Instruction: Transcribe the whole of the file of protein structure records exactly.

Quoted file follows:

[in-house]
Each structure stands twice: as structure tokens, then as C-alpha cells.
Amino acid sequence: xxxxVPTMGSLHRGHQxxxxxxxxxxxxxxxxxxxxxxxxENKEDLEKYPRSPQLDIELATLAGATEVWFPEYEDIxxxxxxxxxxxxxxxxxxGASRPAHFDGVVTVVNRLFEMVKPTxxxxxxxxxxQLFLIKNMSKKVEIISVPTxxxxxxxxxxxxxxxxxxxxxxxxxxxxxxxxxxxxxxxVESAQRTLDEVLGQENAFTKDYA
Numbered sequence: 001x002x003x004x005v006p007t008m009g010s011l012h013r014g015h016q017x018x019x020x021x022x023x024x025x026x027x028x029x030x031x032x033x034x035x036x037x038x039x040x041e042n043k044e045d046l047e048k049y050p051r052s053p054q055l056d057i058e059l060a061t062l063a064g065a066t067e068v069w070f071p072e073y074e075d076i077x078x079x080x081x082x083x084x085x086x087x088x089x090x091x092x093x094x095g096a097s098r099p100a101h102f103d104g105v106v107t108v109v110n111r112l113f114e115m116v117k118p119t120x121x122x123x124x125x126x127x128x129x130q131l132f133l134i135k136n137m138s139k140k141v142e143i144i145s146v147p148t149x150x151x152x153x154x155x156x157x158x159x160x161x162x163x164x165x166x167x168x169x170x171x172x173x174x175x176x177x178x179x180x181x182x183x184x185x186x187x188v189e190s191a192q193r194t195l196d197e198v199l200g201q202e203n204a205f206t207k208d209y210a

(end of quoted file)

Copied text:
[in-house]
Each structure stands twice: as structure tokens, then as C-alpha cells.
Amino acid sequence: xxxxVPTMGSLHRGHQxxxxxxxxxxxxxxxxxxxxxxxxENKEDLEKYPRSPQLDIELATLAGATEVWFPEYEDIxxxxxxxxxxxxxxxxxxGASRPAHFDGVVTVVNRLFEMVKPTxxxxxxxxxxQLFLIKNMSKKVEIISVPTxxxxxxxxxxxxxxxxxxxxxxxxxxxxxxxxxxxxxxxVESAQRTLDEVLGQENAFTKDYA
Numbered sequence: 001x002x003x004x005v006p007t008m009g010s011l012h013r014g015h016q017x018x019x020x021x022x023x024x025x026x027x028x029x030x031x032x033x034x035x036x037x038x039x040x041e042n043k044e045d046l047e048k049y050p051r052s053p054q055l056d057i058e059l060a061t062l063a064g065a066t067e068v069w070f071p072e073y074e075d076i077x078x079x080x081x082x083x084x085x086x087x088x089x090x091x092x093x094x095g096a097s098r099p100a101h102f103d104g105v106v107t108v109v110n111r112l113f114e115m116v117k118p119t120x121x122x123x124x125x126x127x128x129x130q131l132f133l134i135k136n137m138s139k140k141v142e143i144i145s146v147p148t149x150x151x152x153x154x155x156x157x158x159x160x161x162x163x164x165x166x167x168x169x170x171x172x173x174x175x176x177x178x179x180x181x182x183x184x185x186x187x188v189e190s191a192q193r194t195l196d197e198v199l200g201q202e203n204a205f206t207k208d209y210a